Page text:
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Self-management interventions (SMIs) may fail if they misalign with the local context. To optimize the implementation of SMIs in Chinese people with chronic lung disease (CLD), the local context was identified in Chinese primary care (PC) and secondary care (SC). A mixed-method study using semi-structured interviews and quantitative surveys was conducted on people with CLD and healthcare professionals (HCPs). The qualitative data was collected until data saturation was reached, and participants were invited to complete the survey after the interview. The qualitative data—analyzed with the framework approach—was triangulated with the quantitative data. A total of 52 participants completed the interviews, and 48 also finished the survey. Four themes were identified; (a) illness perceptions (e.g., patients had poor CLD knowledge and SM, inadequate resources lead to suboptimal disease control in PC); (b) self-management skills (e.g., most patients delayed exacerbation recognition and action, and some were admitted at the crisis point); (c) factors influencing self-management skills (e.g., (in)adequate disease knowledge and medical expenditure affordability); and (d) needs for self-management (e.g., increased disease knowledge, individualized self-management plan, eHealth, (healthcare insurance) policy support). Identified themes were dependent on each other and should be leveraged when implementing SMIs. Ultimately, such SMIs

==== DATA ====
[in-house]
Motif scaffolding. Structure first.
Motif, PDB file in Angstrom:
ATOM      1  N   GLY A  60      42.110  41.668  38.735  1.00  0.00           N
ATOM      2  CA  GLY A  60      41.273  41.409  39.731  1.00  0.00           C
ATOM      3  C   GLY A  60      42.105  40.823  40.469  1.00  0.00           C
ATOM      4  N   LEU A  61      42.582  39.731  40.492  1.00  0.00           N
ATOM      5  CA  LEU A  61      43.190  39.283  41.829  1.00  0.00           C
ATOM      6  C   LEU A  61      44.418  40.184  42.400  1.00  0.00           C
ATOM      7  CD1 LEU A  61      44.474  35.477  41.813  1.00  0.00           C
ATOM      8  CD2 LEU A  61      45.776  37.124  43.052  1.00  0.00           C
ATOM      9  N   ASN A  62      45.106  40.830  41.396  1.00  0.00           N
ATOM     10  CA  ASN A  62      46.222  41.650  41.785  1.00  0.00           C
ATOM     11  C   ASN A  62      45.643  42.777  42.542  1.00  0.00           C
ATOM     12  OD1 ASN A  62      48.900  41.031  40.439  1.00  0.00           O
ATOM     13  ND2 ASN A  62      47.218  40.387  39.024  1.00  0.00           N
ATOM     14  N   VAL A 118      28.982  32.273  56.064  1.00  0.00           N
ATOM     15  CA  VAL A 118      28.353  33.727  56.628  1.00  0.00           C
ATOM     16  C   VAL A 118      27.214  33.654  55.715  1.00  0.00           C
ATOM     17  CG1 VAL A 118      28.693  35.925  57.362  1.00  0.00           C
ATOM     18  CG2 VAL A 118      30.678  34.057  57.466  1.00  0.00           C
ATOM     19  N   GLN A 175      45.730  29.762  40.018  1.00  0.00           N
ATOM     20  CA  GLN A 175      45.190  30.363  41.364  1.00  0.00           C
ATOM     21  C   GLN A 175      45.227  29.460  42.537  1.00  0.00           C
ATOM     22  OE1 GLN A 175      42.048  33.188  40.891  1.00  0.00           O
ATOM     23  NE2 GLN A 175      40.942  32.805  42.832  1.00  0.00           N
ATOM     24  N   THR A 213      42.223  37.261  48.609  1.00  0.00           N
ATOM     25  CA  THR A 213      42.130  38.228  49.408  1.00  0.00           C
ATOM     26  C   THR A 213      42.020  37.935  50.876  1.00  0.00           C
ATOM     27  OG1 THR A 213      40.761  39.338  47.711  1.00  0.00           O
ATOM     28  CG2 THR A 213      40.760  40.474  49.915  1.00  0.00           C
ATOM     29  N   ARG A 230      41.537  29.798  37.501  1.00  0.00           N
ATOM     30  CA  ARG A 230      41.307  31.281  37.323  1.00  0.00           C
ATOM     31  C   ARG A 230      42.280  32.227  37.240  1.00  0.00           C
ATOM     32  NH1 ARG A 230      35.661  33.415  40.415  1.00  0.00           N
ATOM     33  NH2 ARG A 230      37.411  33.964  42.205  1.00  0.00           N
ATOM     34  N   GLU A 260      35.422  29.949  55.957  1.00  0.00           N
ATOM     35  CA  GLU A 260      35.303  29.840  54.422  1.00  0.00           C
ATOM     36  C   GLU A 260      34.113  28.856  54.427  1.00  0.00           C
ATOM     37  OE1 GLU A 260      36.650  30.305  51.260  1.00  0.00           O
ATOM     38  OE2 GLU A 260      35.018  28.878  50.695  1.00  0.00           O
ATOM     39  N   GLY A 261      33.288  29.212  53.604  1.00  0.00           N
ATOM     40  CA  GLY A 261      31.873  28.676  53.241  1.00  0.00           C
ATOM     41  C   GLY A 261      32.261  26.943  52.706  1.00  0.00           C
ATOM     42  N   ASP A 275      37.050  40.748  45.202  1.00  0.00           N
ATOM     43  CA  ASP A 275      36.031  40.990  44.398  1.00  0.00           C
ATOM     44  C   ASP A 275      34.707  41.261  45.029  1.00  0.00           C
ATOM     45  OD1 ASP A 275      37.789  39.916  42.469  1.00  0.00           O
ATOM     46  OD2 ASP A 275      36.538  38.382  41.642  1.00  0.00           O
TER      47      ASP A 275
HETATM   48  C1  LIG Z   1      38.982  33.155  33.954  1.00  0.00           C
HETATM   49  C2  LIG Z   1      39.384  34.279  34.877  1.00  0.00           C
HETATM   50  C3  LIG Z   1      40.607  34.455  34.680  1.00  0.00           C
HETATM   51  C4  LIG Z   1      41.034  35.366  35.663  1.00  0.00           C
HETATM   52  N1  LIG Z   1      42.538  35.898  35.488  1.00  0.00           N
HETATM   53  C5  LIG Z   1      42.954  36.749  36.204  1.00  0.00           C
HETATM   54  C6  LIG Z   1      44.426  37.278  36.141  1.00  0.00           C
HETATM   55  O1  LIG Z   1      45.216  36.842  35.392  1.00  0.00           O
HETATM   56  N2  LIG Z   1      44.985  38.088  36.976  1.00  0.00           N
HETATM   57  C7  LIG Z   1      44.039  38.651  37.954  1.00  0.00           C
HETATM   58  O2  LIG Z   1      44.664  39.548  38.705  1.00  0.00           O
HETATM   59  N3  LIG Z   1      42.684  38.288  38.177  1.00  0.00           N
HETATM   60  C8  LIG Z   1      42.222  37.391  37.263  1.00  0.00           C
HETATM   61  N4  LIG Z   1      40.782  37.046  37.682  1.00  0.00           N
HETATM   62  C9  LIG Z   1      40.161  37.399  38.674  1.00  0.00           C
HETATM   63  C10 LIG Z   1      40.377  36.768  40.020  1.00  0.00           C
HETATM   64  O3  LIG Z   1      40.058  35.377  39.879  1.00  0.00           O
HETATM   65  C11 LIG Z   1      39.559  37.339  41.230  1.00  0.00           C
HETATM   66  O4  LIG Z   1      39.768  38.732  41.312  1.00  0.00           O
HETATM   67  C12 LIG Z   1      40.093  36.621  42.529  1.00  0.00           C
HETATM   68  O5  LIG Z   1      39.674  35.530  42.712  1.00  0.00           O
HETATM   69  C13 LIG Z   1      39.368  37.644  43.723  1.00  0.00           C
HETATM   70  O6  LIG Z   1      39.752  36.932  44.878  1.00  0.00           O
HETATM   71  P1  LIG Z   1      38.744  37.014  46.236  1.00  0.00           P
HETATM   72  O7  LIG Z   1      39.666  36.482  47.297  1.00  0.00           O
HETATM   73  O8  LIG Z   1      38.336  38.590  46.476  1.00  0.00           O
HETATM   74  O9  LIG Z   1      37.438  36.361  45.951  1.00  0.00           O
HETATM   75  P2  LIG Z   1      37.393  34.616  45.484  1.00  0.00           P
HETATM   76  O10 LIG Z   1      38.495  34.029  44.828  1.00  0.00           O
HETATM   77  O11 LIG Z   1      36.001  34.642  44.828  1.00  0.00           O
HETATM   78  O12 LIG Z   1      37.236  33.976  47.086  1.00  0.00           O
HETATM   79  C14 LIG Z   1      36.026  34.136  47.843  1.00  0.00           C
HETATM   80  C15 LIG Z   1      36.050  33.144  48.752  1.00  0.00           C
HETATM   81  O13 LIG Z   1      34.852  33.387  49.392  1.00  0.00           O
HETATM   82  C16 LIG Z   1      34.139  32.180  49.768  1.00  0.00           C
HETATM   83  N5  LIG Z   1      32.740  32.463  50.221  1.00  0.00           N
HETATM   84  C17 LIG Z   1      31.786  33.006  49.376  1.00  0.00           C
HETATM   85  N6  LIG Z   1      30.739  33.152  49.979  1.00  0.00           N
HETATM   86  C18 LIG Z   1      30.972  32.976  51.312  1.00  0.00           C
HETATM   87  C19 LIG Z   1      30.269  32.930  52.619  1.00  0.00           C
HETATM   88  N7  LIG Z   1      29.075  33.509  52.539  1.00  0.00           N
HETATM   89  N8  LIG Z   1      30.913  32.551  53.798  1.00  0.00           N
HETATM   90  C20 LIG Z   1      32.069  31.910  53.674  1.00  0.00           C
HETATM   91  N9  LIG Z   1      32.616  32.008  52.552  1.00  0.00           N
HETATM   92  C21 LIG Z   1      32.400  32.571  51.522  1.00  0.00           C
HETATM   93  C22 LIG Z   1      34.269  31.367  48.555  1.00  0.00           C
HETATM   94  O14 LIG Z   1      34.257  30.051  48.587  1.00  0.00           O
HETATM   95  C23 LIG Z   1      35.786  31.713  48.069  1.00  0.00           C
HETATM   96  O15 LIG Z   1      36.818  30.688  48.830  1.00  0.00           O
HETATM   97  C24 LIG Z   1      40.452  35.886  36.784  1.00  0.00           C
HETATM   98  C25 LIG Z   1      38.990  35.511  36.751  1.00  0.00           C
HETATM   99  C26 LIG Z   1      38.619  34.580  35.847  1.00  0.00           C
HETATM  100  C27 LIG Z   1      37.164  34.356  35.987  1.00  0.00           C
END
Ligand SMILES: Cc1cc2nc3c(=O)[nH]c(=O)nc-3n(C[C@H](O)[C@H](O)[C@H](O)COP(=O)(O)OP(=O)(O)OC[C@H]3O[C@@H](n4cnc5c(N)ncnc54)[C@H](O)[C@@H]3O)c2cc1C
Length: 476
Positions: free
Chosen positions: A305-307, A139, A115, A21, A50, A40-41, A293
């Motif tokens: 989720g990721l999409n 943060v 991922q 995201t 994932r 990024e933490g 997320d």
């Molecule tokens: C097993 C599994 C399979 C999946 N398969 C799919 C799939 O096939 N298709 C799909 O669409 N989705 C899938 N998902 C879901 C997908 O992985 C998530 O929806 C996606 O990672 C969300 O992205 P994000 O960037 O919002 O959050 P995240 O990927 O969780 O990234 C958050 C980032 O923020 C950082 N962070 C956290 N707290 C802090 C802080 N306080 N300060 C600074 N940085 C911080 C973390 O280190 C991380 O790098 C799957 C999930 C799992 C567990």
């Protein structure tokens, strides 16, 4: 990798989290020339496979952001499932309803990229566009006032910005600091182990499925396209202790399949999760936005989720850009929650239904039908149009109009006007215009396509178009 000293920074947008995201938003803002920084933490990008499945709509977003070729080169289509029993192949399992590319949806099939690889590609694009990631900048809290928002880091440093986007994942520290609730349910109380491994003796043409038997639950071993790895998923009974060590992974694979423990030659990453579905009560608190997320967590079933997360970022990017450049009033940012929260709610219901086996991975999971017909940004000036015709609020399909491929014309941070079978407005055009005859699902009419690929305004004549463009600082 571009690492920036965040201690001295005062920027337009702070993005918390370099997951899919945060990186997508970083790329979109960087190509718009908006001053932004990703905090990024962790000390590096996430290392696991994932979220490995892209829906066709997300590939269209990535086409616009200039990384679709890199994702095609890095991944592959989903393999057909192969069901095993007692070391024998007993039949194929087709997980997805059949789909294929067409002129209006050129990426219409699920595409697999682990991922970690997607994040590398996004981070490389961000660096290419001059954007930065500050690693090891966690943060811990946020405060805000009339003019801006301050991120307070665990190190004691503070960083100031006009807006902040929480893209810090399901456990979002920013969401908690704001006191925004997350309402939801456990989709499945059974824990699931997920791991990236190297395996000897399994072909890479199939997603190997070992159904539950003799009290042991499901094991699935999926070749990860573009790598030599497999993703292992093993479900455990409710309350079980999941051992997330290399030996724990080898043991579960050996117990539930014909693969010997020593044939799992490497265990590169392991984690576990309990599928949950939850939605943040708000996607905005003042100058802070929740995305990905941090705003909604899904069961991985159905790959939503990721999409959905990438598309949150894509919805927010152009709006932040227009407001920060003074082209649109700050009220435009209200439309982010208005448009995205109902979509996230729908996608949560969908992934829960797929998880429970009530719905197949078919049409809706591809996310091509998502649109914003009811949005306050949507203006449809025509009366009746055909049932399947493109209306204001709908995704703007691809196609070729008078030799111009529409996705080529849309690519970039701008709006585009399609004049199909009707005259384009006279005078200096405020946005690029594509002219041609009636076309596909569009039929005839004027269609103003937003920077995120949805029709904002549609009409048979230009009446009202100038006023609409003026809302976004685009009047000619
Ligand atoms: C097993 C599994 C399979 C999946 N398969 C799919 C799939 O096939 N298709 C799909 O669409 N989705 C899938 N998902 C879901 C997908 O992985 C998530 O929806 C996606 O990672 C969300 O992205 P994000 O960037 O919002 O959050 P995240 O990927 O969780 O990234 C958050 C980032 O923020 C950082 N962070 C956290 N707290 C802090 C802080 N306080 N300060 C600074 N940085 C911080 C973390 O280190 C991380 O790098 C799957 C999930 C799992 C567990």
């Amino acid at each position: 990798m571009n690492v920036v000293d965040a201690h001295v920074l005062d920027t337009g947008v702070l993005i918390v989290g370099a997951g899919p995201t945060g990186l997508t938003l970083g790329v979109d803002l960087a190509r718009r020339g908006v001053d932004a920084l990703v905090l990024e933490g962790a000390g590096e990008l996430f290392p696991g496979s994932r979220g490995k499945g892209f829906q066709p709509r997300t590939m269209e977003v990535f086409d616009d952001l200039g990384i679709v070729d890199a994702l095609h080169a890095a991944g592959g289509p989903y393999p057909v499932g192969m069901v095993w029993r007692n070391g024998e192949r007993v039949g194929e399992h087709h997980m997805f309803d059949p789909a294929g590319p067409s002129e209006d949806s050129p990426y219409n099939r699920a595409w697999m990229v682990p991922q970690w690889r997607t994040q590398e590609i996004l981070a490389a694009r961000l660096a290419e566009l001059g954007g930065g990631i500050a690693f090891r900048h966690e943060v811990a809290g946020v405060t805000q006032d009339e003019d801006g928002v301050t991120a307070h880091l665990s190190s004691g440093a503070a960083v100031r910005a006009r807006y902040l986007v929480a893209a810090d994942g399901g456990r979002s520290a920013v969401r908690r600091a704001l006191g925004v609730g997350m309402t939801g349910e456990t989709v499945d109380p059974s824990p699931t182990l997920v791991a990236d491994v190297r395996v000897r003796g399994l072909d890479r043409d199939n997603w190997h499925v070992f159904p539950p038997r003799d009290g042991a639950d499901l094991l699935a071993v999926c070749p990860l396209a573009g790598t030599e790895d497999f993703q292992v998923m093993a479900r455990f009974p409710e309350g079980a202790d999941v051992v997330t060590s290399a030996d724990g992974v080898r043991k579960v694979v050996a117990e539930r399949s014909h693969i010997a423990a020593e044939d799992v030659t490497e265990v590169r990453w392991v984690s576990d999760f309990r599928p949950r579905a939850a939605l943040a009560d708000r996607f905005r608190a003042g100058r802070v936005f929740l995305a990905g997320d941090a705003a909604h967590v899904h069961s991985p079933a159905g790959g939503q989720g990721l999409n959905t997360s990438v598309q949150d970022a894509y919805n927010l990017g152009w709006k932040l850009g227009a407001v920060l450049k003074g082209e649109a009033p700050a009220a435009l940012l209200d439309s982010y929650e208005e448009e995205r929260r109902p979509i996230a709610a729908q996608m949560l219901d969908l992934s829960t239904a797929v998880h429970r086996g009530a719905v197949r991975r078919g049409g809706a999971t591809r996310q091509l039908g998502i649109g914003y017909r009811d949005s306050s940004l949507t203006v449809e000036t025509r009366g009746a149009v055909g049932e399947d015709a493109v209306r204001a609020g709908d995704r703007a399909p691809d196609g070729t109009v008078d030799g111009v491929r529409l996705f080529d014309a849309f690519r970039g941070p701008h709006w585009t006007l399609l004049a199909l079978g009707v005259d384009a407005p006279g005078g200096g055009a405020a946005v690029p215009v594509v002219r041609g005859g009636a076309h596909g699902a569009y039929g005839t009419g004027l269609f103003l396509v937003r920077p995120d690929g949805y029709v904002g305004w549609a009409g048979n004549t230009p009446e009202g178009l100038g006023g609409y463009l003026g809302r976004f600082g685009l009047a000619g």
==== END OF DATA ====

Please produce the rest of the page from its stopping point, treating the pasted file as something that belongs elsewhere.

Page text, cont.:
can optimize patient health outcomes.